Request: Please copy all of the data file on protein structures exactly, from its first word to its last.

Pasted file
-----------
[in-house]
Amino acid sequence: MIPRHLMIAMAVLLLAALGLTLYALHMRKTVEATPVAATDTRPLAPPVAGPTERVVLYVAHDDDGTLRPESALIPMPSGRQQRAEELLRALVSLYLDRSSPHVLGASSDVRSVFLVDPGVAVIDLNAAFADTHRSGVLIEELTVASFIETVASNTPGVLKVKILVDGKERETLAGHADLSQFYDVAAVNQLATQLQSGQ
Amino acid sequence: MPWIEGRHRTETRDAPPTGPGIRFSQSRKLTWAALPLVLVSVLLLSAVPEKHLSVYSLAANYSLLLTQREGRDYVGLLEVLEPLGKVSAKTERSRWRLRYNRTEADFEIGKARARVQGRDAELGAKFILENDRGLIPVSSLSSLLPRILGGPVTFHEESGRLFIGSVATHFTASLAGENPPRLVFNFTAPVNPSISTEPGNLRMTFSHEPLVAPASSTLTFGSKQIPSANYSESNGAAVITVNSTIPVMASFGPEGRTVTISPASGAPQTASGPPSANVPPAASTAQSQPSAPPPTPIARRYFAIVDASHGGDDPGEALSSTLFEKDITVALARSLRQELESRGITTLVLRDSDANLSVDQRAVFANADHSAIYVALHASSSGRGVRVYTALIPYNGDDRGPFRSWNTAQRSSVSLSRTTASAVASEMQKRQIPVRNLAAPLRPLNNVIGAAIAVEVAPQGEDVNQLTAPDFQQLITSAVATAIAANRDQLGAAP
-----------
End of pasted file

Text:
[in-house]
Amino acid sequence: MIPRHLMIAMAVLLLAALGLTLYALHMRKTVEATPVAATDTRPLAPPVAGPTERVVLYVAHDDDGTLRPESALIPMPSGRQQRAEELLRALVSLYLDRSSPHVLGASSDVRSVFLVDPGVAVIDLNAAFADTHRSGVLIEELTVASFIETVASNTPGVLKVKILVDGKERETLAGHADLSQFYDVAAVNQLATQLQSGQ
Amino acid sequence: MPWIEGRHRTETRDAPPTGPGIRFSQSRKLTWAALPLVLVSVLLLSAVPEKHLSVYSLAANYSLLLTQREGRDYVGLLEVLEPLGKVSAKTERSRWRLRYNRTEADFEIGKARARVQGRDAELGAKFILENDRGLIPVSSLSSLLPRILGGPVTFHEESGRLFIGSVATHFTASLAGENPPRLVFNFTAPVNPSISTEPGNLRMTFSHEPLVAPASSTLTFGSKQIPSANYSESNGAAVITVNSTIPVMASFGPEGRTVTISPASGAPQTASGPPSANVPPAASTAQSQPSAPPPTPIARRYFAIVDASHGGDDPGEALSSTLFEKDITVALARSLRQELESRGITTLVLRDSDANLSVDQRAVFANADHSAIYVALHASSSGRGVRVYTALIPYNGDDRGPFRSWNTAQRSSVSLSRTTASAVASEMQKRQIPVRNLAAPLRPLNNVIGAAIAVEVAPQGEDVNQLTAPDFQQLITSAVATAIAANRDQLGAAP